Prehistoric Dog Lived, Died Among Humans
The remains of a husky-like dog found buried near humans at a 7,000-year-old site in Siberia.Vladimir Bazaliiskii/Robert Losey/Sandra Garvie-Lok/Mietje Germonpre/Jennifer Leonard/Andrew Allen/Anne Katzenberg/ Mikhail Sablin
- A male dog that lived 7,000 years ago in Siberia ate human food and was buried as though he were a human.
- The Husky-like dog's remains suggest he worked alongside humans throughout his lifetime.
- A wolf was also ritualistically buried nearby, perhaps serving as a protector to humans in the afterlife.
Burial remains of a dog that lived over 7,000 years ago in Siberia suggest the male Husky-like animal probably lived and died similar to how humans did at that time and place, eating the same food, sustaining work injuries, and getting a human-like burial.
"Based on how northern indigenous people understand animals in historic times, I think the people burying this particular dog saw it as a thinking, social being, perhaps on par with humans in many ways," said Robert Losey, lead author of a study about the dog burial, which has been accepted for publication in the Journal of Anthropological Archaeology.
"I think the act of treating it as a human upon its death indicates that people knew it had a soul, and that the mortuary rites it received were meant to ensure that this soul was properly cared for," added Losey, an associate professor of anthropology at the University of Alberta.
For the study, Losey collaborated with excavation director Vladimir Bazaliiskii and researchers Sandra Garvie-Lok, Mietje Germonpre, Jennifer Leonard, Andrew Allen, Anne Katzenberg, and Mikhail Sablin. Bazaliiskii found the buried dog at the Shamanka cemetery near Lake Baikal, Siberia.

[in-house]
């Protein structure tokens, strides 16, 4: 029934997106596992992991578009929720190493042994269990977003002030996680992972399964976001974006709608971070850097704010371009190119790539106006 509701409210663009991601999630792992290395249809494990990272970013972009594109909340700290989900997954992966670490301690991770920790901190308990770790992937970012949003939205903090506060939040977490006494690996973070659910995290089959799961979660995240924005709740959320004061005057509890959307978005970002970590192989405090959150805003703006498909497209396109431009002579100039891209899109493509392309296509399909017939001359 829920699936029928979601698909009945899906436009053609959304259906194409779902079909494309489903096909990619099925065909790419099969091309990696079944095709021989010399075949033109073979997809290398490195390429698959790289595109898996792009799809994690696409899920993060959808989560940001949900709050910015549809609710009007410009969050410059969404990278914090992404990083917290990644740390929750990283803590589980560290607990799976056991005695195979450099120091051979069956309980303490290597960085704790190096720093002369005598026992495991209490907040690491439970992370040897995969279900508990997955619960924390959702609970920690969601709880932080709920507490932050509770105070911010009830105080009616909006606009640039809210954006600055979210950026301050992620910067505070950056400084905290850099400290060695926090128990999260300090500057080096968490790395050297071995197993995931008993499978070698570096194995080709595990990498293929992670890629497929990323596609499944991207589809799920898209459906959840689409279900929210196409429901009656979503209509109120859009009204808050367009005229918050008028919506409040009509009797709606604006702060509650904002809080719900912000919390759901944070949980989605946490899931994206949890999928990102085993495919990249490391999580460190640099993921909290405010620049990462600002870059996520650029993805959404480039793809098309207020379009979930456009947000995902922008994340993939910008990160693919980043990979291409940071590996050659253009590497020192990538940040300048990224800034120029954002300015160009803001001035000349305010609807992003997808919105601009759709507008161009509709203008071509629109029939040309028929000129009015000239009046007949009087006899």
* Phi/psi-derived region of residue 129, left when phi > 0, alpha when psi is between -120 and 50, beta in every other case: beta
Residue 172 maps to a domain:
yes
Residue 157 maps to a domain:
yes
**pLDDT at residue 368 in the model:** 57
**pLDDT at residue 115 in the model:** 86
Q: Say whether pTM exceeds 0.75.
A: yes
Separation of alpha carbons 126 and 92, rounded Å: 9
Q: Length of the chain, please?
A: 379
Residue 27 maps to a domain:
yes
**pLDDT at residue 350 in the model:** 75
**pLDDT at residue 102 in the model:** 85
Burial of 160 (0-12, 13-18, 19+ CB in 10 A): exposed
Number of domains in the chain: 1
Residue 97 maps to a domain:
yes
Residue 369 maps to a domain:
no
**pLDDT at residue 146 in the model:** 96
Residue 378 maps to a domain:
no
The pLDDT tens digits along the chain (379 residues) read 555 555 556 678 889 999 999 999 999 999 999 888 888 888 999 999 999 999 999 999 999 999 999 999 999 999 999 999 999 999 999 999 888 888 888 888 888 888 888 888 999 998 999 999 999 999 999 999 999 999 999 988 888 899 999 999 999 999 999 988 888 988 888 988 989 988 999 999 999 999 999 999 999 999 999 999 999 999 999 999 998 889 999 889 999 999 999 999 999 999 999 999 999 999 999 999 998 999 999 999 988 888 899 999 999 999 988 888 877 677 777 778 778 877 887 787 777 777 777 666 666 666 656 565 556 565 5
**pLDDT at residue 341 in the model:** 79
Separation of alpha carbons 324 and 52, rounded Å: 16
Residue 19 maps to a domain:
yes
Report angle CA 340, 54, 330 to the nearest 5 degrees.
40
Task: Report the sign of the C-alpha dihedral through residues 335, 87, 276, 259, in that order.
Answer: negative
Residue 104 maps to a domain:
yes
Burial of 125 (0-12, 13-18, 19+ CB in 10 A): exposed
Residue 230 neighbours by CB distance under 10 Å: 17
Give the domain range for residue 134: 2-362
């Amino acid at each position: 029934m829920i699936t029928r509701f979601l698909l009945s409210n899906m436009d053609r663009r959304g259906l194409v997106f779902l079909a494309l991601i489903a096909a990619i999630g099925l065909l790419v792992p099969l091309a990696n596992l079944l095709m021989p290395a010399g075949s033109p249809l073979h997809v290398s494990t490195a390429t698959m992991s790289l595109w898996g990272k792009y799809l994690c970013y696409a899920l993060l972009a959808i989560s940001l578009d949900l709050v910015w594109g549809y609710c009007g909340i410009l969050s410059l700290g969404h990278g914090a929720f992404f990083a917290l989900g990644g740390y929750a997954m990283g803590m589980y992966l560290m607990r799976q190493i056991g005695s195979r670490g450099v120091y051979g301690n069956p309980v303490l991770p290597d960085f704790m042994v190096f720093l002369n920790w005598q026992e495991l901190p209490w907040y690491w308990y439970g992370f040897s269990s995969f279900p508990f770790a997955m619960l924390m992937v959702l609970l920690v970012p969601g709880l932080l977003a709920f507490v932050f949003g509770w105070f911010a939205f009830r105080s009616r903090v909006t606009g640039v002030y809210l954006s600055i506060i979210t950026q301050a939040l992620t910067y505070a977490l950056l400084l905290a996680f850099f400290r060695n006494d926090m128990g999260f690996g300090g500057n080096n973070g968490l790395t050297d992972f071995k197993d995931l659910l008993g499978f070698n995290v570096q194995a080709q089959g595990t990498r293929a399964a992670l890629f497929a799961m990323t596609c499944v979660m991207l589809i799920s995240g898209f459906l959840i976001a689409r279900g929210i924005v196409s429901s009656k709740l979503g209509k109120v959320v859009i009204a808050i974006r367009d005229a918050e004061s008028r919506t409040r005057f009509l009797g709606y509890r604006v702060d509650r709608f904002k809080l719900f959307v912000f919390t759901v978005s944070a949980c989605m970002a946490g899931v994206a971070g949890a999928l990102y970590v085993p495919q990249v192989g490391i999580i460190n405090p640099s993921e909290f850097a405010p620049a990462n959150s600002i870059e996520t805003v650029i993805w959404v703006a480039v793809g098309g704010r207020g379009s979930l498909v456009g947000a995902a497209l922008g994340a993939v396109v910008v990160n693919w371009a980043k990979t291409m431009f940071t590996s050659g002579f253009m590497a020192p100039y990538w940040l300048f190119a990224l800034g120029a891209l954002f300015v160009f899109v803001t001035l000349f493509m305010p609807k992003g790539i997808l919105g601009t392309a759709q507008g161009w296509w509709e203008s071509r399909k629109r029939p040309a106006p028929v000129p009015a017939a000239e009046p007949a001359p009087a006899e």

"Just like the humans in the cemetery, the dog was buried with other items, (such as) a long spoon made of antler," Losey said.
The dog was carefully laid to rest lying on his right side in a grave pit that, at other levels, also contained five partial human skeletons.
DNA and stable isotope analysis determined the animal was indeed a dog and that he ate exactly what humans at the site consumed: fish, freshwater seal meat, deer, small mammals, and some plant foods.
The canine's life, as well as that of the people, wasn't easy, though.
"The dog's skeleton, particularly its vertebrate spines, suggests that it was repeatedly used to transport loads," Losey explained. "This could have included carrying gear on its back that was used in daily activities like hunting, fishing, and gathering plant foods and firewood. The dog also could have been used to transport gear for the purposes of relocating settlements on a seasonal basis."
Additional fractures suggest the dog suffered numerous blows during its lifetime, possibly from the feet of red deer during hunting outings. The researchers cannot rule out that humans hit the dog, but its older age at burial, food provisions, and more suggest otherwise.
From the same general time period, the scientists also found a wolf burial at a site called Lokomotiv near the Irkut and Angara rivers in Siberia.
The wolf, which did not consume human-provided foods, appears to have died of old age. Its remains were found wrapped around a human skull. There is no evidence the wolf interacted with the person when alive.
"Perhaps the burial of the wolf with the human head placed between its feet was done to send the spirit or soul of the wolf with this particular human to the afterlife, perhaps as its protector," Losey said.
Susan Crockford, adjunct professor of anthropology at the University of Victoria and author of the book "A Practical Guide to In Situ Dog Remains for the Field Archaeologist" (2009), told Discovery News that she was "surprised to see the description of the wolf/human internment," she added. "That is definitely unusual."
Crockford isn't supporting any particular interpretation of the burials just yet, however, since she said, "There can be many reasons for the ritual treatment of dogs, including ones we might never imagine."